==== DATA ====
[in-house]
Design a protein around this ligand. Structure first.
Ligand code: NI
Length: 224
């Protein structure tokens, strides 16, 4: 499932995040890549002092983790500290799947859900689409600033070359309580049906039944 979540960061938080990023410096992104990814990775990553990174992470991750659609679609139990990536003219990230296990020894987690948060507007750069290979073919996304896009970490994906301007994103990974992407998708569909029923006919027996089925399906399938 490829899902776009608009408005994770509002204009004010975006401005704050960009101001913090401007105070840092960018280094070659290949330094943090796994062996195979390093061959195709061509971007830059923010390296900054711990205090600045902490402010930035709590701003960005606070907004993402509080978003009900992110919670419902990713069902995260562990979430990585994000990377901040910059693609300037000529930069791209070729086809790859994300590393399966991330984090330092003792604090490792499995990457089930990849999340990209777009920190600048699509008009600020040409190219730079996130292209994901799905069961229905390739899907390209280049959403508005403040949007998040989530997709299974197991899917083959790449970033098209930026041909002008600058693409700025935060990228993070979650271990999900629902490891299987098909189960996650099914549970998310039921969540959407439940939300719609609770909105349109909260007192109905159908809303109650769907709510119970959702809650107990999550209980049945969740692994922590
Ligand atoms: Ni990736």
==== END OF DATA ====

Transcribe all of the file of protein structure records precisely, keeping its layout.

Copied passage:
[in-house]
Design a protein around this ligand. Structure first.
Ligand code: NI
Length: 224
């Protein structure tokens, strides 16, 4: 499932995040890549002092983790500290799947859900689409600033070359309580049906039944 979540960061938080990023410096992104990814990775990553990174992470991750659609679609139990990536003219990230296990020894987690948060507007750069290979073919996304896009970490994906301007994103990974992407998708569909029923006919027996089925399906399938 490829899902776009608009408005994770509002204009004010975006401005704050960009101001913090401007105070840092960018280094070659290949330094943090796994062996195979390093061959195709061509971007830059923010390296900054711990205090600045902490402010930035709590701003960005606070907004993402509080978003009900992110919670419902990713069902995260562990979430990585994000990377901040910059693609300037000529930069791209070729086809790859994300590393399966991330984090330092003792604090490792499995990457089930990849999340990209777009920190600048699509008009600020040409190219730079996130292209994901799905069961229905390739899907390209280049959403508005403040949007998040989530997709299974197991899917083959790449970033098209930026041909002008600058693409700025935060990228993070979650271990999900629902490891299987098909189960996650099914549970998310039921969540959407439940939300719609609770909105349109909260007192109905159908809303109650769907709510119970959702809650107990999550209980049945969740692994922590
Ligand atoms: Ni990736």